Activities include two types of activities that support the course objectives. You will discuss certain topics on some concepts and techniques on Piazza with your classmates. There is a final reflection discussion (week 7) about your journey through 161-162 to learn how to program. This discussion will be on Canvas and will be available for about one week period. There will be one group projects during the 4th-5th weeks of the term and you need to form a team to work together and submit one work.
- Final Project
There will be a final project instead of a final exam. It will be similar in the format to the projects but will cover concepts from the entire course. The final project is also individual work.
The list below indicates how the course learning outcomes will be measured:
- Projects – 30%
- Labs – 30%
- Group activities – 10%
- Quizzes/Test – 15%
- Final project – 15%
- Total – 100%
|Grade letter||Percentage floor|
REMINDER: A passing grade for classes in CS is a C or above. A C- in a CS course is not considered a passing grade toward a CS degree or as a prerequisite for future CS classes.
Your grade for each assignment will be posted on Canvas (generally after one week of the due date). Canvas is used to simply record the scores. The final score displayed is only approximate. At any time, if you want a better estimate of your current grade in the course, please email the instructor from your OSU email account.
Re-grading: If you have a question about an assignment grade, you must contact your TA through OSU EMAIL within ONE WEEK of receiving your grade. After one week, you will not be able to dispute your grade.
Program Re-submission: If your program does not work (could not compile on the flip, missing the makefile, etc.) the first time when TA tries to grade it, TA will send you an email and ask you to re-submit the work. You have two days to fix the error after you receive the email and submit your work again. In that case, you get 30% deduction on the final grade of that assignment. If you didn’t resubmit within two days after you receive the email, you get 0. So make sure your programs can run on the flip (and you submit the right file).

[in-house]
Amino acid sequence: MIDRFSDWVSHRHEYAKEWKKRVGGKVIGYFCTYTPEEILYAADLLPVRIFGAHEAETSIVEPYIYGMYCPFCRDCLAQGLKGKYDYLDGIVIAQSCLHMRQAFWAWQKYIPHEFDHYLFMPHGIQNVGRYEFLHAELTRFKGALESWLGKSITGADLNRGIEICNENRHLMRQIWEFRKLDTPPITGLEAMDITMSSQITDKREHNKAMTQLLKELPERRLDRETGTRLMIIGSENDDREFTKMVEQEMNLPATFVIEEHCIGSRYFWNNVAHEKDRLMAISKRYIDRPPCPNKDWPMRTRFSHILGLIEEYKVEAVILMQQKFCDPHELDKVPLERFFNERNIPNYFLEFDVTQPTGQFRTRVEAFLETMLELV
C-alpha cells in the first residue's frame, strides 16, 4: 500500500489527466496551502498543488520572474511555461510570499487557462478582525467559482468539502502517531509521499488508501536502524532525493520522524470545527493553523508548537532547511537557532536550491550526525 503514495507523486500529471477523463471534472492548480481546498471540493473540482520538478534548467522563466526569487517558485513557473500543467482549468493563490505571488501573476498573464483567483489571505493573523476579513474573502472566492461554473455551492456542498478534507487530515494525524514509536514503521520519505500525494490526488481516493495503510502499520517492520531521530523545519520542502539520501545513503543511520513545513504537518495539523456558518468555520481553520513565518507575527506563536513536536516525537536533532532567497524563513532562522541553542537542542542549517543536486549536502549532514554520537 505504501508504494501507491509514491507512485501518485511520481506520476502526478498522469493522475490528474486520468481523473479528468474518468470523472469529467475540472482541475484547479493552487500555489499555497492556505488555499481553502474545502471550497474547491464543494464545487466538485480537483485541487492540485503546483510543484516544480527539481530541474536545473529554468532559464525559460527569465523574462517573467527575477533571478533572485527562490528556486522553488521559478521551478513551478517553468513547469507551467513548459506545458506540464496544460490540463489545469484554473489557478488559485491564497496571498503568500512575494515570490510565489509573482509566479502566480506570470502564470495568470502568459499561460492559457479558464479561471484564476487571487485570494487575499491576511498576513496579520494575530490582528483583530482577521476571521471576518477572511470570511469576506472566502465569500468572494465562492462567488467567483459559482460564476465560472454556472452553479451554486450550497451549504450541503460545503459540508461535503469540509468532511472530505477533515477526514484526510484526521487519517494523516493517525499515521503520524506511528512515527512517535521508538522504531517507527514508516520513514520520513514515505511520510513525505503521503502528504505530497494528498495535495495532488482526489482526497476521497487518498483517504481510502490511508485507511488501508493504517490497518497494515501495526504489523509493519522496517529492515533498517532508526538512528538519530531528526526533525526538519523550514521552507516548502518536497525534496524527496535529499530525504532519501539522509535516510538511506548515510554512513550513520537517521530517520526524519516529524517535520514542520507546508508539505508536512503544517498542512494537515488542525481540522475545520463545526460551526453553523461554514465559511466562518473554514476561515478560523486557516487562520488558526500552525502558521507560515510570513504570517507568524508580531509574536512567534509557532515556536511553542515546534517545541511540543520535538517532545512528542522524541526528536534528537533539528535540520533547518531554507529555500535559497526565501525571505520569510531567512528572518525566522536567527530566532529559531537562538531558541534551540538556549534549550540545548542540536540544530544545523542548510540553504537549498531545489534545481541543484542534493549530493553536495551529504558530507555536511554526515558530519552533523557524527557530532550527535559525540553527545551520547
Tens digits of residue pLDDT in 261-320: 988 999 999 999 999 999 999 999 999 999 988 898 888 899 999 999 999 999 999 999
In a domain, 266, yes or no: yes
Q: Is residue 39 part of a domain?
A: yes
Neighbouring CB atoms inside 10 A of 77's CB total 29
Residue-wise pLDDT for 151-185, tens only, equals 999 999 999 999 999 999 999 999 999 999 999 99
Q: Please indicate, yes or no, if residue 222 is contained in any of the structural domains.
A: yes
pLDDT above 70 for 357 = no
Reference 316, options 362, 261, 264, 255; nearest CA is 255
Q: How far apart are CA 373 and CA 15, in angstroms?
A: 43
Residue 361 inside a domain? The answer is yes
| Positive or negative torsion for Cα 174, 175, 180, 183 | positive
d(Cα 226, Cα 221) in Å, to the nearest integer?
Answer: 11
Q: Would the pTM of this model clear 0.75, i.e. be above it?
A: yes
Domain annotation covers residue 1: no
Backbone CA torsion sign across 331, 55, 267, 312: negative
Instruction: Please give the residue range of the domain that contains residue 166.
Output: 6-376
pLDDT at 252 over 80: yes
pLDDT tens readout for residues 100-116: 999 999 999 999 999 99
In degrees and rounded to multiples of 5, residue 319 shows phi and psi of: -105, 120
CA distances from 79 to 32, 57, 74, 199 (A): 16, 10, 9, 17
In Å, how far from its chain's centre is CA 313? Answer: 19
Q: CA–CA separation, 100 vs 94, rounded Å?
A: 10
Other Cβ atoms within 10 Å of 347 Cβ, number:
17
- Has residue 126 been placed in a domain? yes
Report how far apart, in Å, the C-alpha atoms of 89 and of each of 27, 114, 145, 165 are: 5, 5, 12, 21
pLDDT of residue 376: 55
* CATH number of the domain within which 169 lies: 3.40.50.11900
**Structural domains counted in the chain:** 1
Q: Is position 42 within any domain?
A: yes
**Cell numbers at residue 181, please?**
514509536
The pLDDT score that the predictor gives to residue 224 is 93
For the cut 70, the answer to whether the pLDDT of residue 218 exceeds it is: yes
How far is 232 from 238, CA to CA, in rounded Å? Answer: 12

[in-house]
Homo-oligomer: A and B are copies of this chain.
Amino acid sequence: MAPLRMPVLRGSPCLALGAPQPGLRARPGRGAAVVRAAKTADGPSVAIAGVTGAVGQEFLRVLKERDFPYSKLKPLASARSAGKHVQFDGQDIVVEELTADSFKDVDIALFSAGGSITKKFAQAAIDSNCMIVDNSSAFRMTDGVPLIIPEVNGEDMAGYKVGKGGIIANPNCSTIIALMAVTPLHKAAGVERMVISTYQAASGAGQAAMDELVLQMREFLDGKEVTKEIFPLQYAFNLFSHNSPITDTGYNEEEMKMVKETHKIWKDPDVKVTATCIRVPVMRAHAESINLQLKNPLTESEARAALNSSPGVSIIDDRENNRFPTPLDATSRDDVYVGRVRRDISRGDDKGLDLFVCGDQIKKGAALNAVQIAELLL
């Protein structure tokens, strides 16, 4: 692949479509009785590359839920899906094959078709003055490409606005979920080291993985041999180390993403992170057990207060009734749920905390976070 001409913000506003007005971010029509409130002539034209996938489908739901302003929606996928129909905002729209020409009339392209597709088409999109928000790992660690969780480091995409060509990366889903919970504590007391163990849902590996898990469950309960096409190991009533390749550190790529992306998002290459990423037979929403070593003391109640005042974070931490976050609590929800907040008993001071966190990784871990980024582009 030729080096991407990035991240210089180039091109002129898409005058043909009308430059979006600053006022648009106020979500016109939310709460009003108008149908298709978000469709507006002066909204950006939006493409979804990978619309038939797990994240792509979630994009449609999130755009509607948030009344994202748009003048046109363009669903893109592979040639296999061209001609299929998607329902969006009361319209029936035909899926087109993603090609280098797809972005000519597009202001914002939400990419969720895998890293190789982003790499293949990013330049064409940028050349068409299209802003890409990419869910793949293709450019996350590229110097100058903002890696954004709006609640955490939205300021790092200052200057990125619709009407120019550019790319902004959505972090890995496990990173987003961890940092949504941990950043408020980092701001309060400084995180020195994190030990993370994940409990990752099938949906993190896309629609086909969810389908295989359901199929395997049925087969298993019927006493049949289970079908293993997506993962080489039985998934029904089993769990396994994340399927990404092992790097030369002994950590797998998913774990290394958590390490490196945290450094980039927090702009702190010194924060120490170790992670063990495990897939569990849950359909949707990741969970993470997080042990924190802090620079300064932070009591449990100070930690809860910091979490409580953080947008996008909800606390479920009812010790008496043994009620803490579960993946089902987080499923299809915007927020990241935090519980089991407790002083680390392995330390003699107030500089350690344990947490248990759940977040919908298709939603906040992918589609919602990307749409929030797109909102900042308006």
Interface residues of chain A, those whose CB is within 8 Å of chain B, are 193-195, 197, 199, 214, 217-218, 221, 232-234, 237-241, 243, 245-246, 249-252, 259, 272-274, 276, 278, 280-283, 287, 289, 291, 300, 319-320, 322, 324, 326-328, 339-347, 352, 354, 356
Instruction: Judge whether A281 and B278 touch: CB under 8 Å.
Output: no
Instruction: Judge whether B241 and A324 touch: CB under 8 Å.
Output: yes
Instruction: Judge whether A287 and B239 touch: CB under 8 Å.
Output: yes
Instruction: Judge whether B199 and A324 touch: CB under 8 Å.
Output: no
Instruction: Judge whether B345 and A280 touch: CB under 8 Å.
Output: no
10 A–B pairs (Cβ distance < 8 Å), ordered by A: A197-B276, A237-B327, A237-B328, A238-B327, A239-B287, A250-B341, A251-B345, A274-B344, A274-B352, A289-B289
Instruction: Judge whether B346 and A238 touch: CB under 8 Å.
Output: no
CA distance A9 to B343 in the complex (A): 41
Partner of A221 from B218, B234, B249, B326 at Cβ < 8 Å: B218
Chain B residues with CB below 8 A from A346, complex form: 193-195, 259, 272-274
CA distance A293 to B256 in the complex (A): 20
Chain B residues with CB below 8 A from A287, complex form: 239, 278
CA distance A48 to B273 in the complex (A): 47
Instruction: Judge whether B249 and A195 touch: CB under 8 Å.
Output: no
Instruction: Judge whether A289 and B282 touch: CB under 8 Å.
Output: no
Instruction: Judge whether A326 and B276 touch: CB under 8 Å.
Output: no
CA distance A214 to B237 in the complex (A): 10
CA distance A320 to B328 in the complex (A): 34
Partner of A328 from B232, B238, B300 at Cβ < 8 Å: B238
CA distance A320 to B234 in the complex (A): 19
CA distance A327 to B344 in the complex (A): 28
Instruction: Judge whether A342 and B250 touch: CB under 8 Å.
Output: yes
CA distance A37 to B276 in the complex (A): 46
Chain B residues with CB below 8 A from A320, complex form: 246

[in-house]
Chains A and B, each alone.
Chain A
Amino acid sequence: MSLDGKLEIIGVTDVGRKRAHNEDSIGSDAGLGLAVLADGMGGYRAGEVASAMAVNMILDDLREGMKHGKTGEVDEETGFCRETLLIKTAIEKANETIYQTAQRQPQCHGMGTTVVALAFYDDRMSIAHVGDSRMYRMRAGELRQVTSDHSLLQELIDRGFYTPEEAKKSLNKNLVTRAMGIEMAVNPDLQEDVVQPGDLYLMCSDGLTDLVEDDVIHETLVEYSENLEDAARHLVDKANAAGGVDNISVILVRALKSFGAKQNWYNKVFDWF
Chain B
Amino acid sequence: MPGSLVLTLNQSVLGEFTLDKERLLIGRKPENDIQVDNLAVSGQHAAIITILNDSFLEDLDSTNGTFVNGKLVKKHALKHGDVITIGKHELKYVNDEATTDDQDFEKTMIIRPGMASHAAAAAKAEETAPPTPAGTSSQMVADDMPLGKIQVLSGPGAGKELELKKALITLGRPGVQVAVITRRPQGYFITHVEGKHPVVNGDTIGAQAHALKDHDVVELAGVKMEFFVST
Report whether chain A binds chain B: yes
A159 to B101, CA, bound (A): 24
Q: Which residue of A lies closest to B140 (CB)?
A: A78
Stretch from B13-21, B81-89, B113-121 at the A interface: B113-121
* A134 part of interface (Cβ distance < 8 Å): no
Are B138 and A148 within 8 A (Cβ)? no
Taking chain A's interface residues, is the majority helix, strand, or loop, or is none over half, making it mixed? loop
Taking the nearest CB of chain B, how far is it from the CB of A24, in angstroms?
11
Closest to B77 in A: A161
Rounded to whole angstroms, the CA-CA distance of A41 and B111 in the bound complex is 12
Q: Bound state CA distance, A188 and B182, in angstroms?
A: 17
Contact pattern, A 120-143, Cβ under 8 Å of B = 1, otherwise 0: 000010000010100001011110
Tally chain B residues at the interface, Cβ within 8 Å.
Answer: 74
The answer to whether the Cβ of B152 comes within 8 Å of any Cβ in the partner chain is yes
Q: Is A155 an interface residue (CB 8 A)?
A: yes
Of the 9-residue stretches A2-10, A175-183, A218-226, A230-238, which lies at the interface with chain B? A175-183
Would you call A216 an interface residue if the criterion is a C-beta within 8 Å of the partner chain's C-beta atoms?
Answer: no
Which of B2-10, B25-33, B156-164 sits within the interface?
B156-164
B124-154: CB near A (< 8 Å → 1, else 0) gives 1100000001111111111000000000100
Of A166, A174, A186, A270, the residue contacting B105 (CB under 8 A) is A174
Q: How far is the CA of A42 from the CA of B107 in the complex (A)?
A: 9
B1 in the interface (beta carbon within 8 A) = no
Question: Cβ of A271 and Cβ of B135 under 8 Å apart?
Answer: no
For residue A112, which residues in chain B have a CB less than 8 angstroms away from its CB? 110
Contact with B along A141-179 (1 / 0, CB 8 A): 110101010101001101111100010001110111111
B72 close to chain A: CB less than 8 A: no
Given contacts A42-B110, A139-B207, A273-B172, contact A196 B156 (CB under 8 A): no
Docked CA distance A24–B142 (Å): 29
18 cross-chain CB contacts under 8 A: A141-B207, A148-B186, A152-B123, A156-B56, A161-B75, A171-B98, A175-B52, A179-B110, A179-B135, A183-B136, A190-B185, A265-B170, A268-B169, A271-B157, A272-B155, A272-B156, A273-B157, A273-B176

- The final project and quiz/test MUST be completed by the deadline, and no late submission would be accepted.
- Projects and labs should be completed by the due date. If you do not submit the assignment by the due date, there is late penalty:
- Late <= 24 hours: 10% penalty;
- 24 hours < Late <= 48 hours: 20% penalty;
- 48 hours < Late <= 72 hours: 30% penalty;
- Late > 72 hours: not be accepted.
Work submitted after 72 hours will not be accepted. It is your responsibility to manage your time. If there are extenuating circumstances, please contact the instructor as soon as possible before the deadline.
- You have three bonus days in the entire term to apply to any labs/project. You can use it all at once for one assignment (if you are late for 3 days), or split it and use one day each for three assignments (no "half" day).
- How to apply the bonus day: leave a comment on Canvas under that assignment submission, saying that you would like to apply x bonus days for this late submission, and you have y bonus days left after that. When TAs are applying late penalty, they will look at your submission time and your comments. If you don't leave a comment there, TAs will directly apply the late penalty.